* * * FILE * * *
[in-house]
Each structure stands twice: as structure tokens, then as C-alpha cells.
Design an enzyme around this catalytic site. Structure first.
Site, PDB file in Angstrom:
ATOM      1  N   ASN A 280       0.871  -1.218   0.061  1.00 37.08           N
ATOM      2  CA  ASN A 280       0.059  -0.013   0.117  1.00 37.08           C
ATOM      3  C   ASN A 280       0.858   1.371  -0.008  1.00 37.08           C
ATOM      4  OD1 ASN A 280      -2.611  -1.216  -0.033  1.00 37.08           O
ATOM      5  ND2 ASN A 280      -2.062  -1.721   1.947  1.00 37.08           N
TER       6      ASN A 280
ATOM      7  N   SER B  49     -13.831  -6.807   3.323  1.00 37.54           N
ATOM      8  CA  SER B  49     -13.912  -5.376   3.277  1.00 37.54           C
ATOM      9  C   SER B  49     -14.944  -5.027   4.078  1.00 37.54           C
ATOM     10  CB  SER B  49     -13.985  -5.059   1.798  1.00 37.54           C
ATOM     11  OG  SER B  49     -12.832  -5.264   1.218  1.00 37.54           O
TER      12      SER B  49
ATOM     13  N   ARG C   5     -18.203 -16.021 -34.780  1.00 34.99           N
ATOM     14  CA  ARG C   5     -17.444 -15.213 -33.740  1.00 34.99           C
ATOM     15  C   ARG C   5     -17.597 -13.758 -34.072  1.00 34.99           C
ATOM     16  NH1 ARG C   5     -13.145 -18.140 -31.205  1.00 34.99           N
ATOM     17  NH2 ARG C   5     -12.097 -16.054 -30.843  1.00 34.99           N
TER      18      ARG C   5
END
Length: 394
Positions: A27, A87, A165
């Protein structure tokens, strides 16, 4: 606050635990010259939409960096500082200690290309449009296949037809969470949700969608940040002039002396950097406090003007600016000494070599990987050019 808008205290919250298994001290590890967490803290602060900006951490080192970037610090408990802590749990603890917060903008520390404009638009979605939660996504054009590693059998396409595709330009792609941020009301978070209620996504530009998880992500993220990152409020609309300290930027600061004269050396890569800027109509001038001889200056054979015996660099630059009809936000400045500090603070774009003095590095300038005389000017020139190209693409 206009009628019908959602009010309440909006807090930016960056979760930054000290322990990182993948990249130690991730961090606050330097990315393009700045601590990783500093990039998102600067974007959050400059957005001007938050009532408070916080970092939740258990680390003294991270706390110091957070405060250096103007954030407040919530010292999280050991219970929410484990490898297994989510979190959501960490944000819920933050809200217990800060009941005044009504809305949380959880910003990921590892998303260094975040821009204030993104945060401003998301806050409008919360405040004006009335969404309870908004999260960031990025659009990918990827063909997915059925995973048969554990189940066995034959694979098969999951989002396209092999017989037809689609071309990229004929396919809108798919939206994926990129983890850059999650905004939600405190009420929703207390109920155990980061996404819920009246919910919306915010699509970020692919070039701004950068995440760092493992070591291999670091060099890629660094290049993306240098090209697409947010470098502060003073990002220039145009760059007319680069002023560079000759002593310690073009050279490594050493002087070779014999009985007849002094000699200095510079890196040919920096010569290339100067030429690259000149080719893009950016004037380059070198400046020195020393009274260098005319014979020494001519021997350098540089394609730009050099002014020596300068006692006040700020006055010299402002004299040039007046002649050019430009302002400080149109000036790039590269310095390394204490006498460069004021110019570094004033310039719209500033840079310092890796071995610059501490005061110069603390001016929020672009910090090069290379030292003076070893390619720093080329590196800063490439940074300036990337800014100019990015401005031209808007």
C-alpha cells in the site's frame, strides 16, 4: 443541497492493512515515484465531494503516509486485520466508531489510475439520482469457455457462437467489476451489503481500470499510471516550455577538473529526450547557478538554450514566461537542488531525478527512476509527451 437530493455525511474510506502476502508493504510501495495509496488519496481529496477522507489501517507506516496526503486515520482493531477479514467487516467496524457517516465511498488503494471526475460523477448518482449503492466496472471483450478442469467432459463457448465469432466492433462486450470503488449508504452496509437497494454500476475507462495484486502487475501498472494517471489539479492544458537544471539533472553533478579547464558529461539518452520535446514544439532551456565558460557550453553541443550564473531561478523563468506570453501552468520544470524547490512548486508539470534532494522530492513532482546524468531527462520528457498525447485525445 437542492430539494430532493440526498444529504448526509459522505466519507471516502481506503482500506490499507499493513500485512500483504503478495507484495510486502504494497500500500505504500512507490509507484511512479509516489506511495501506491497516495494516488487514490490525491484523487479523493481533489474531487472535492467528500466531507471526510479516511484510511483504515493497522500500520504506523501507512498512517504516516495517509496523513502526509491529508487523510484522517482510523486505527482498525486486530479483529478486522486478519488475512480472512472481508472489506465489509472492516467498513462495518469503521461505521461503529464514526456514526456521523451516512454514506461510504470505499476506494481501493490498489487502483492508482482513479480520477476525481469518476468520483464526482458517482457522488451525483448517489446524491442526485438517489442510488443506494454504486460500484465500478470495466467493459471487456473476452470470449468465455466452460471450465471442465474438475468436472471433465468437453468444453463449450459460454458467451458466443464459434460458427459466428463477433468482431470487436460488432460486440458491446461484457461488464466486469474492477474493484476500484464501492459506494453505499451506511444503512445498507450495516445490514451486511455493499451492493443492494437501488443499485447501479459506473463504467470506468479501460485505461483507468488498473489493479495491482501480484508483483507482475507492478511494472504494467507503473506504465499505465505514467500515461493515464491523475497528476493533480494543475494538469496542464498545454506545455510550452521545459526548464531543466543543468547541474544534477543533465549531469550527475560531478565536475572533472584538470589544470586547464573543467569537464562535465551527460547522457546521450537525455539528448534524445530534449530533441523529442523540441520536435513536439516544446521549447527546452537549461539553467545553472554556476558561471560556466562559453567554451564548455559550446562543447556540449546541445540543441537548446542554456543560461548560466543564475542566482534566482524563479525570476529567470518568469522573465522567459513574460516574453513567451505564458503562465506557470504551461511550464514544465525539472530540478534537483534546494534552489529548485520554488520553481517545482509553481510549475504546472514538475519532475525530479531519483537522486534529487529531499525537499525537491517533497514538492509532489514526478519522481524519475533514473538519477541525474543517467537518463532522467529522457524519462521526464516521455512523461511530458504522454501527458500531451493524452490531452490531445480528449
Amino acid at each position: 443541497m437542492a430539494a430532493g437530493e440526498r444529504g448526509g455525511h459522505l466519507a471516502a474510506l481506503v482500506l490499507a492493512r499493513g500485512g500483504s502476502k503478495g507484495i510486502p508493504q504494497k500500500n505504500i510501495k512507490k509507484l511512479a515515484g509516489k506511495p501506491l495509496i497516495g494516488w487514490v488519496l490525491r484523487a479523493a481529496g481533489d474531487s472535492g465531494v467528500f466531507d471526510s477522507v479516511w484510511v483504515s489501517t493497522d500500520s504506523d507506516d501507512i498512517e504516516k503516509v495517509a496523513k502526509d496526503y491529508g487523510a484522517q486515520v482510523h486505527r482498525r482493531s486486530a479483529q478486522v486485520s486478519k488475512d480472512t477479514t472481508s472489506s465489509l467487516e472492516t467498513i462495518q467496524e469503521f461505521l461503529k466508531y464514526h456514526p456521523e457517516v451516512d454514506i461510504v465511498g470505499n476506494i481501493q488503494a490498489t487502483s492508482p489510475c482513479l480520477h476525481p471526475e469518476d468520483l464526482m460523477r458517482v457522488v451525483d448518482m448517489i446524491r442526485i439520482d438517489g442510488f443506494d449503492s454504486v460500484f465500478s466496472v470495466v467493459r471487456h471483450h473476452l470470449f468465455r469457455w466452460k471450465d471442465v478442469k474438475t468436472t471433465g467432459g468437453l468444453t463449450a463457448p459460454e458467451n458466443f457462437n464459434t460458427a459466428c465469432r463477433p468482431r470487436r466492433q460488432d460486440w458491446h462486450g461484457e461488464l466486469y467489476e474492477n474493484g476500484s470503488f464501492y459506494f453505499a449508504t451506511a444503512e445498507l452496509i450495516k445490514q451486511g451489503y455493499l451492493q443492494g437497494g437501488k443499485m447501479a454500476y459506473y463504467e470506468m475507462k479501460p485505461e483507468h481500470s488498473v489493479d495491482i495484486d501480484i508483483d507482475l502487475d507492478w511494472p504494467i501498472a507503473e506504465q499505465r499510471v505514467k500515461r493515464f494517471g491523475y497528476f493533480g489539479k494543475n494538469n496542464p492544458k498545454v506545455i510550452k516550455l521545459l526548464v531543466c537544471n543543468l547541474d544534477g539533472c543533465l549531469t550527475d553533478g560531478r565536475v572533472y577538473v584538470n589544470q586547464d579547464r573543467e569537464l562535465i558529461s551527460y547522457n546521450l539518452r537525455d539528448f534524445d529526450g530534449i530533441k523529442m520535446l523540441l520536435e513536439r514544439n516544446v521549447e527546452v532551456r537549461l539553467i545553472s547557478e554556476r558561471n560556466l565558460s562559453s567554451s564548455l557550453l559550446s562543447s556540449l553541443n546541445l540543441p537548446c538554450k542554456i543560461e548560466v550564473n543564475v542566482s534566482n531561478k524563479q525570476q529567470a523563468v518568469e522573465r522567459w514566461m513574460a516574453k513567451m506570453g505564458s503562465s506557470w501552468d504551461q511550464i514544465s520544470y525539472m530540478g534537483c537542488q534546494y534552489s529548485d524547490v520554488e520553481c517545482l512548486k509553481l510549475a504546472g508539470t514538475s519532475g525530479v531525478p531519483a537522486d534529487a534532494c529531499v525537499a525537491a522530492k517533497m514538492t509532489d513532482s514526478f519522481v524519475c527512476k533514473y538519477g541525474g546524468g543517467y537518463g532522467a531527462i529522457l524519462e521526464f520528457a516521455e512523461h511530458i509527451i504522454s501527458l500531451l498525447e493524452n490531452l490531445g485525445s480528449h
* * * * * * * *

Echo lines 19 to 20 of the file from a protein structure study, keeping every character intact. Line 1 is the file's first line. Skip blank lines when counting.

ATOM     15  C   ARG C   5     -17.597 -13.758 -34.072  1.00 34.99           C
ATOM     16  NH1 ARG C   5     -13.145 -18.140 -31.205  1.00 34.99           N